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Great Lakes Article:

Residents invited to give ideas on use of lakefront
By Kenneth L Patchen
Highland Park News
Published May 18, 2006


Highland Park and Park District of Highland Park officials have set in motion a planning process to help residents redefine use of the Lake Michigan lakefront as a recreation resource.

Residents are invited to meetings to identify ideas for lakefront use and ways to develop public uses.

Meetings will be held at 7 p.m. May 23 and at 9:30 a.m. May 24 at the Highland Park Country Club, 1201 Park Avenue West. Residents who plan to attend should call (847) 831-381-3155 or by e-mail at lakefrontsummit@pdhp.org. More information is at www.pdhp.org.

Tuesday evening's session will consist of discussion groups hosted by members of the League of Women Voters of Highland Park intended to identify issues and solutions and make recommendations. Wednesday's session will feature panels with area, regional, state and national environment and recreation professionals, including the Great Lakes Cities Initiatives, the Illinois Department of Natural Resources, Openlands, Illinois Environmental Protection Agency, U.S. Army Corps of Engineers and the Chicago Park District.

Highland Park is one of 14 communities out of 1,200 in Illinois with access to Lake Michigan. Ten percent of the Illinois Lake Michigan shoreline is within its city limits. The city's four beaches -- Rosewood, Park Avenue, Millard, Moraine -- represent about one mile of shoreline. Although the city has about 11,000 homes, only 30 of them are located on the lakefront.

Now the Park District wants to work with residents to take advantage of this special resource. To help guide discussions about lakefront use, the consulting firm JJR has been hired for $67,000 to guide officials and residents through the planning process. JJR is a national firm with professionals from the fields of landscape architecture, planning, urban design, civil engineering and environmental science.

Topics to be covered include:

* Ecological factors affecting lakefront use

* Existing programs to protect and enhance waterfront areas

* Water quality impacts, erosion and beach protection

* Recreational and educational opportunities.

"Developing and realizing a vision for our lakefront parks must be a true community-wide effort," said Park District President Stacy Weiss. "We want to involve a broad range of people with a diversity of ideas to make the most of this magnificent resource."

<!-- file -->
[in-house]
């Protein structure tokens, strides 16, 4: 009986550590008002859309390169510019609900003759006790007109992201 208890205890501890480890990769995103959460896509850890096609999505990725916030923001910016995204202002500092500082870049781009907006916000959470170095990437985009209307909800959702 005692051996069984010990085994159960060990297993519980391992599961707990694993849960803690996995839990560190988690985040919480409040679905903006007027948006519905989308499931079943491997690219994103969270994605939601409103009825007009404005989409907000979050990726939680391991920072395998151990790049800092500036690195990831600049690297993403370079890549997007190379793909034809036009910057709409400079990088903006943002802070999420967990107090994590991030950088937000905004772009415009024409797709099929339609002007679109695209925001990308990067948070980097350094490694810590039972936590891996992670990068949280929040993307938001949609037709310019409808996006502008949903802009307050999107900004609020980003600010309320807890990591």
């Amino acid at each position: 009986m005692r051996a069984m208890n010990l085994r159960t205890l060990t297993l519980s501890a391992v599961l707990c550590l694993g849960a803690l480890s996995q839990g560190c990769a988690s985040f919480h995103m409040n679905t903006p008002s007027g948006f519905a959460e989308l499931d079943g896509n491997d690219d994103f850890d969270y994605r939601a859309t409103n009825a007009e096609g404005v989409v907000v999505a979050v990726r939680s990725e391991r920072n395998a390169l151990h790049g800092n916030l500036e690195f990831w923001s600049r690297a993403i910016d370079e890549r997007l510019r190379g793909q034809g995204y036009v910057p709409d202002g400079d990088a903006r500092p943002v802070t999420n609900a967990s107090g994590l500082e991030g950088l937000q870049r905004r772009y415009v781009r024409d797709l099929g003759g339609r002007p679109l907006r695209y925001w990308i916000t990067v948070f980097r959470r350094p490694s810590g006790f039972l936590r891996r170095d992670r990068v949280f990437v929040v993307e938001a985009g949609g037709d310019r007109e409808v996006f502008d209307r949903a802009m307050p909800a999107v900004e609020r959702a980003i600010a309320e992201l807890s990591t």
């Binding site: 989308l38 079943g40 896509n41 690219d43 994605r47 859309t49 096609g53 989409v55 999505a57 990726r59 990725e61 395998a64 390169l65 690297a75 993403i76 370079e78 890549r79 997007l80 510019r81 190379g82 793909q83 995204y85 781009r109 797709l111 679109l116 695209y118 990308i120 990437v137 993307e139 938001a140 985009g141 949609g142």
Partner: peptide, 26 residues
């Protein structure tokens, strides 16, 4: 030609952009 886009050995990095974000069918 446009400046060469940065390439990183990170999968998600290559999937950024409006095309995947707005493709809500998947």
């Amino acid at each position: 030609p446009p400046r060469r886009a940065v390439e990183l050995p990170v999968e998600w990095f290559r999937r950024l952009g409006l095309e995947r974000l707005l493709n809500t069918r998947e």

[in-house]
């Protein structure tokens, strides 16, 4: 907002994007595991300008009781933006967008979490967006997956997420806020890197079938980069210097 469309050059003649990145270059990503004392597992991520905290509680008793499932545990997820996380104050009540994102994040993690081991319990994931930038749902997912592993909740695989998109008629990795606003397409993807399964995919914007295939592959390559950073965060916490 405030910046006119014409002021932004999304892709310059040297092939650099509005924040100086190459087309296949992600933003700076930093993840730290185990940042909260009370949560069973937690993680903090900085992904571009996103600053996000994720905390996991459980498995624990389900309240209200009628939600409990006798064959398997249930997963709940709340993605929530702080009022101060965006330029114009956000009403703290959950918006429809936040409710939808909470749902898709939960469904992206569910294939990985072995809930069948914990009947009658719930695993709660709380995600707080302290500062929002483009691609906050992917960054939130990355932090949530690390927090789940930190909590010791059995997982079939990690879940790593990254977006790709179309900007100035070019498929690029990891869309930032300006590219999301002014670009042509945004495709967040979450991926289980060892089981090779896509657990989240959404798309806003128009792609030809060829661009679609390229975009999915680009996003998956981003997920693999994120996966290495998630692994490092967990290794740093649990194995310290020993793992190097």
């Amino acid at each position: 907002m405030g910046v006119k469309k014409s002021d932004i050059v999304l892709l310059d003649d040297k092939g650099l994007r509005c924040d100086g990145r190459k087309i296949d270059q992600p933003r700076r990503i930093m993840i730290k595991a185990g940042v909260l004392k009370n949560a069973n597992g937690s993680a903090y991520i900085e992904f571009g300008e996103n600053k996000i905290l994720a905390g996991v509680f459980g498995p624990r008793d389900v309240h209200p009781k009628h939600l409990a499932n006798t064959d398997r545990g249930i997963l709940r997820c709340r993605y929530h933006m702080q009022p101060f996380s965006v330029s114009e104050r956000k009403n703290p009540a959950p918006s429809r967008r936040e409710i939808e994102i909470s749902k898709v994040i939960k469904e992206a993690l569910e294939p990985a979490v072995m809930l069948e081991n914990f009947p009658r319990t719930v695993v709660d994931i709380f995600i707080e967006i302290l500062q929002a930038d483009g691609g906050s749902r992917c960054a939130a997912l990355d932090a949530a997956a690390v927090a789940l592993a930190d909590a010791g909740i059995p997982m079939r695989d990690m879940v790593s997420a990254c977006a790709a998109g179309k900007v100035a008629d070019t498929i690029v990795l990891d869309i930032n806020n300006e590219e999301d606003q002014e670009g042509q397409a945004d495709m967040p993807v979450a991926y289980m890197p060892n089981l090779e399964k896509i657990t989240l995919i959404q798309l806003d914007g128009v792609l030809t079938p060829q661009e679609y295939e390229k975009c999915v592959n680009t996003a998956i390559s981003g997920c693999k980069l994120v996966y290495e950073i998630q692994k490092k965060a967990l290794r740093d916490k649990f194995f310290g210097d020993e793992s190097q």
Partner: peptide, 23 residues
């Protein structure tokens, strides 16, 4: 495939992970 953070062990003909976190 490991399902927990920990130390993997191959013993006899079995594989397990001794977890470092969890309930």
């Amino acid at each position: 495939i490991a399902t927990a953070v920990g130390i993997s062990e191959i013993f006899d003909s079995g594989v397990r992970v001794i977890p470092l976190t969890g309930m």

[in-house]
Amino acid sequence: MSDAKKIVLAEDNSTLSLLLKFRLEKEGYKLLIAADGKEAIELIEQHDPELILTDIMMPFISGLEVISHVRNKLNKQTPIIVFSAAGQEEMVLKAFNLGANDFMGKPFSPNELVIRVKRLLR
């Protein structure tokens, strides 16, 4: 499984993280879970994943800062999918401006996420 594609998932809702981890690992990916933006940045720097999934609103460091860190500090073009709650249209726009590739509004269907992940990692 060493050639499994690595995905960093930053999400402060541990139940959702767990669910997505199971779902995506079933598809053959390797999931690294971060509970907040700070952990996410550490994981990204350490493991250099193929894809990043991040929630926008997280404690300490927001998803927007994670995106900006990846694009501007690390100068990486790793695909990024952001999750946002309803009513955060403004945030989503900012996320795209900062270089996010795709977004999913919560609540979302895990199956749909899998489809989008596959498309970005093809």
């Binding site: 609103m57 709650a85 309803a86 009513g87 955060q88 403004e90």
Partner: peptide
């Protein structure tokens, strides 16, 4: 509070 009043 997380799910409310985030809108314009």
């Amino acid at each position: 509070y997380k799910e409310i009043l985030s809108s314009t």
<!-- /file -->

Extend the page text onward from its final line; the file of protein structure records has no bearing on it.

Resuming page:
Many years ago in Highland Park, residents and their children spent their summers at the lakeshore.

Park Commissioner Lorenz Werhane Jr. said, when he was a youngster, the biggest decision of every summer day involved which of the four city beaches he and friends would go to. They were at the beach from 9 a.m. to 4 p.m. and their moms would bring a lunch.

"We just had a ball," Werhane said. "It was a continuous adventure."

Highland Park City Council Member Jim Kirsch said, "Back in time, when I was young in this community, there was an era when everybody in town went to the beach. It was a time that pre-dated waterparks and camps."

The current Park District planning effort, with the support of the city, is expected to allow community residents to begin a return to their lakefront and its recreation potential.

Council member Steven W. Mandel said the planning process now getting underway is a "blank canvas" so all ideas can be placed on the table. Residents need to be able to interact with the lake, he said, because it is an important part of what the community is all about.

Whatever the District does to increase use of the waterfront, Executive Director Ralph Volpe said, it will be done in a way to remain a good neighbor with adjacent property owners. He expects projects to be well done and to fit the image of the community.

"It will be an enhancement," Volpe said.

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